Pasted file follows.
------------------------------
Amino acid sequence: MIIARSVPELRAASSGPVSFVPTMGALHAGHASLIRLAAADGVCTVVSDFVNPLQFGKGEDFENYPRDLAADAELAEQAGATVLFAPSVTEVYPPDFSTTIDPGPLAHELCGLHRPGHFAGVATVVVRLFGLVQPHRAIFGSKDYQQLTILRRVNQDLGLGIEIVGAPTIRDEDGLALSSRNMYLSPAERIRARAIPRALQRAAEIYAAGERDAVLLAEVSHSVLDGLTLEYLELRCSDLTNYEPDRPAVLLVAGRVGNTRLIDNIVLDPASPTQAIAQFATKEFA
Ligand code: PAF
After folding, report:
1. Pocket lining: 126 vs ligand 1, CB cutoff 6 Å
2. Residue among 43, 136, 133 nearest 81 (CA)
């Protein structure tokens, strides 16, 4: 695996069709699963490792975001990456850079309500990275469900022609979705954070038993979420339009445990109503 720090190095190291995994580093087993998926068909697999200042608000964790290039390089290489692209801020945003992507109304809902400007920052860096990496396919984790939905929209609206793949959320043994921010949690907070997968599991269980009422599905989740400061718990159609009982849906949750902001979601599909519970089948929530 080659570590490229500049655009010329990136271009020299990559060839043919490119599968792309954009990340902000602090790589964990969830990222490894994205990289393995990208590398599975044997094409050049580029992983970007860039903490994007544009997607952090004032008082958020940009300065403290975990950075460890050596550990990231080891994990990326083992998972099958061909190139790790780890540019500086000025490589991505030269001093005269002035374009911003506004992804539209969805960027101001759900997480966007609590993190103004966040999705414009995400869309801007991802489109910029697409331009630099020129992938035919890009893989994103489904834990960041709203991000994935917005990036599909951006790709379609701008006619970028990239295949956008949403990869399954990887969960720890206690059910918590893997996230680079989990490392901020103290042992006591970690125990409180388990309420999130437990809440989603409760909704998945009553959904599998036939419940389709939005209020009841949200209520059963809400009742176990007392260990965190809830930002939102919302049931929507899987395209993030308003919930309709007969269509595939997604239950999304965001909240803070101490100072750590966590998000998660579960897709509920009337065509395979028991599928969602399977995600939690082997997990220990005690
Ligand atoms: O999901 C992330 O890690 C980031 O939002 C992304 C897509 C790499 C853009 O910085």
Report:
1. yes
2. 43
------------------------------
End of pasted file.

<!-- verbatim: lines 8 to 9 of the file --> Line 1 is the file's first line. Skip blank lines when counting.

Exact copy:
Report:
1. yes